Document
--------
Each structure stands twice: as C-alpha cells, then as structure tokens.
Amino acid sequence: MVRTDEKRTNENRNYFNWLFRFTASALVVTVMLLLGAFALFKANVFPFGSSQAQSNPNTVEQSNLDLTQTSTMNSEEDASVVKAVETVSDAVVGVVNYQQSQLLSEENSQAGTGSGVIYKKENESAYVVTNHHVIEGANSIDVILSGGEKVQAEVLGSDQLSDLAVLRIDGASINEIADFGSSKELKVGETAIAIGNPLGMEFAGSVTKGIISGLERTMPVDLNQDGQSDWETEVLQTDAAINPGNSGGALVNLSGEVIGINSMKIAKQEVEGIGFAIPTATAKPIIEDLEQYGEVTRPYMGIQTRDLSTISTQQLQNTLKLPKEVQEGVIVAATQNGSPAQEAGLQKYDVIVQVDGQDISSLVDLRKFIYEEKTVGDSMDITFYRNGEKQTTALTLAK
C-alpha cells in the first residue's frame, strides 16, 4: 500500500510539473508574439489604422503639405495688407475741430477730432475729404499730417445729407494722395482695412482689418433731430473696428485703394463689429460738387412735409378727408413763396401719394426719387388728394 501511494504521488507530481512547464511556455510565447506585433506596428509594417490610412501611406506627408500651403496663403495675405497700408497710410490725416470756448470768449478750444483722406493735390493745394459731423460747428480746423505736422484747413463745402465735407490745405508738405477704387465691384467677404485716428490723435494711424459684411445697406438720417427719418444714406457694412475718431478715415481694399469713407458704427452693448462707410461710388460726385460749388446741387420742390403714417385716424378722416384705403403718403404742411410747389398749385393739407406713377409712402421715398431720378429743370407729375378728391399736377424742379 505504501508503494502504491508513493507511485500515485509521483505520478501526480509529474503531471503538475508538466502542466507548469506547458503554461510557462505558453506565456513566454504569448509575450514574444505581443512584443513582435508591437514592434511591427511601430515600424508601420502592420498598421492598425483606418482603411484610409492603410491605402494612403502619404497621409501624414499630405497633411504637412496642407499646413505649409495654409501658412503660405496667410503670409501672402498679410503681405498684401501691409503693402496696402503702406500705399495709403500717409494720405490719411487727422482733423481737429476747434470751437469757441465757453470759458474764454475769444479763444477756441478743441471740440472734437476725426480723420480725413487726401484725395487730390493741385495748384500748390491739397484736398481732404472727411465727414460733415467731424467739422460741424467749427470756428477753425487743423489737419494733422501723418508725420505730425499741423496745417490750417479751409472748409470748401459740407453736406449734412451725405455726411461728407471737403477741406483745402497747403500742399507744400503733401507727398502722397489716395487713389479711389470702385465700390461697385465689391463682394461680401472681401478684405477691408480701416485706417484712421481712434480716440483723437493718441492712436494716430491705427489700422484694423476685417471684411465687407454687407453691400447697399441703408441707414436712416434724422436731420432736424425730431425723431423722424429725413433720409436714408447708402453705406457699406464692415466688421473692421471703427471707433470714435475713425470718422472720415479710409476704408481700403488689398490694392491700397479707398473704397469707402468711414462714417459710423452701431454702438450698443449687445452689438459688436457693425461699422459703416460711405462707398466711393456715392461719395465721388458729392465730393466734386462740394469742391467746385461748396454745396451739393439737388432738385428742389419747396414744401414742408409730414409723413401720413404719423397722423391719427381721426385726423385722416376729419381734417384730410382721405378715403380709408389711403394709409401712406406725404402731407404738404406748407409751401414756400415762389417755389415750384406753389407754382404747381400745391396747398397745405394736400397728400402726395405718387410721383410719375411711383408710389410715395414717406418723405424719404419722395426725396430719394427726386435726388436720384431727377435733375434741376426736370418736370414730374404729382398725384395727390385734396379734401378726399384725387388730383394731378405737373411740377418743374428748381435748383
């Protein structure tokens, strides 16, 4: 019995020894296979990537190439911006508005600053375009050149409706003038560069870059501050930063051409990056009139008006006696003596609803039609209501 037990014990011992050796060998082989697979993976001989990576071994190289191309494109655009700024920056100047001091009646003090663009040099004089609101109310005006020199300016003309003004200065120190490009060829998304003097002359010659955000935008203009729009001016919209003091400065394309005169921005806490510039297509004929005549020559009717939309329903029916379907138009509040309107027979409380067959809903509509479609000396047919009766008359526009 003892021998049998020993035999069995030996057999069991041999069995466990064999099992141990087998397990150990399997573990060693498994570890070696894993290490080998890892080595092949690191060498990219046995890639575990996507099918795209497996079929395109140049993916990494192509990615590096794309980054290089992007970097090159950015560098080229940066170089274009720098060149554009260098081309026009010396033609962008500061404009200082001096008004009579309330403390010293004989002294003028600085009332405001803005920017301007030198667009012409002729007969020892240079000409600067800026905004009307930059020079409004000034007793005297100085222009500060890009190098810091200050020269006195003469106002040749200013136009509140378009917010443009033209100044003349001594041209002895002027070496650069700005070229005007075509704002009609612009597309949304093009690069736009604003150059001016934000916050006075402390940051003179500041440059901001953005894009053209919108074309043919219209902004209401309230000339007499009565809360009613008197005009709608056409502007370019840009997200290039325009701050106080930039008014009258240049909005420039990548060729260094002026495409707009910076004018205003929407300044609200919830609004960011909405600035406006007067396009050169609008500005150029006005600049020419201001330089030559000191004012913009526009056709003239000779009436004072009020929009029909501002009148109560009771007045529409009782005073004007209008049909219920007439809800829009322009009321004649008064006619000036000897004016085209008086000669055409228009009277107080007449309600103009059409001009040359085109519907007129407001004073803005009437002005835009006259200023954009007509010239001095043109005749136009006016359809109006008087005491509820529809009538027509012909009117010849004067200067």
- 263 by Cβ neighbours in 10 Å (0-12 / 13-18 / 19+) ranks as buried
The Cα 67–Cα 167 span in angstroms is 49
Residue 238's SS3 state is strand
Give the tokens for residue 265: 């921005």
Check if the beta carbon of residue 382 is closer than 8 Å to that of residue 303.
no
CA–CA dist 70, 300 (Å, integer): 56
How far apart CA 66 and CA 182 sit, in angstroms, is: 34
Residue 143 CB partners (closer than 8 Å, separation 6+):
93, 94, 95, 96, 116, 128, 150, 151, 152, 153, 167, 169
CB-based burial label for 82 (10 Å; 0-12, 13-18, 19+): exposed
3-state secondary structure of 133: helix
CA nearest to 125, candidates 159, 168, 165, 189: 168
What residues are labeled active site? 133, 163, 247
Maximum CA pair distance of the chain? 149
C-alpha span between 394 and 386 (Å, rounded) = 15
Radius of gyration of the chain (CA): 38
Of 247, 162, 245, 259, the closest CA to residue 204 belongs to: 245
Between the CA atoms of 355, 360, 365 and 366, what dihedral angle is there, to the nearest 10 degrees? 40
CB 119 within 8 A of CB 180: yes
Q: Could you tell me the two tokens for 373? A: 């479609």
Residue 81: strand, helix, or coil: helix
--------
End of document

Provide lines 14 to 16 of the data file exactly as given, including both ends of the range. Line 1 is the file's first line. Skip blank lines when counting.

93, 94, 95, 96, 116, 128, 150, 151, 152, 153, 167, 169
CB-based burial label for 82 (10 Å; 0-12, 13-18, 19+): exposed
3-state secondary structure of 133: helix